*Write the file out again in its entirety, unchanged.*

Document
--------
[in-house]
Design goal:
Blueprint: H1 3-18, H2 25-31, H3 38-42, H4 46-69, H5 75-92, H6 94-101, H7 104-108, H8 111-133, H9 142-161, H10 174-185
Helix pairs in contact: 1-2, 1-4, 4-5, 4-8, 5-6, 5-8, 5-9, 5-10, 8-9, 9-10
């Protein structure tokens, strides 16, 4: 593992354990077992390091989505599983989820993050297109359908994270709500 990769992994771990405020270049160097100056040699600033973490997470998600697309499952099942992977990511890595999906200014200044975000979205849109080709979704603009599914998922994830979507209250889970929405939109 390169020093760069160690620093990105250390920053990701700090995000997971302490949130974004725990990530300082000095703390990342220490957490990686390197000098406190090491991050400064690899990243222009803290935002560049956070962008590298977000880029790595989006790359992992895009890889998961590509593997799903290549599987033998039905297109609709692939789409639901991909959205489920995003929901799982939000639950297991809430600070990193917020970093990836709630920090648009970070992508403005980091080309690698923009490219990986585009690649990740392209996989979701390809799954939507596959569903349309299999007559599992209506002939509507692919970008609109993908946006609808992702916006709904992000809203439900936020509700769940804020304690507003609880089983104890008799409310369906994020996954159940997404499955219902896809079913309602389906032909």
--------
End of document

[in-house]
Design goal:
Blueprint: H1 3-18, H2 25-31, H3 38-42, H4 46-69, H5 75-92, H6 94-101, H7 104-108, H8 111-133, H9 142-161, H10 174-185
Helix pairs in contact: 1-2, 1-4, 4-5, 4-8, 5-6, 5-8, 5-9, 5-10, 8-9, 9-10
């Protein structure tokens, strides 16, 4: 593992354990077992390091989505599983989820993050297109359908994270709500 990769992994771990405020270049160097100056040699600033973490997470998600697309499952099942992977990511890595999906200014200044975000979205849109080709979704603009599914998922994830979507209250889970929405939109 390169020093760069160690620093990105250390920053990701700090995000997971302490949130974004725990990530300082000095703390990342220490957490990686390197000098406190090491991050400064690899990243222009803290935002560049956070962008590298977000880029790595989006790359992992895009890889998961590509593997799903290549599987033998039905297109609709692939789409639901991909959205489920995003929901799982939000639950297991809430600070990193917020970093990836709630920090648009970070992508403005980091080309690698923009490219990986585009690649990740392209996989979701390809799954939507596959569903349309299999007559599992209506002939509507692919970008609109993908946006609808992702916006709904992000809203439900936020509700769940804020304690507003609880089983104890008799409310369906994020996954159940997404499955219902896809079913309602389906032909």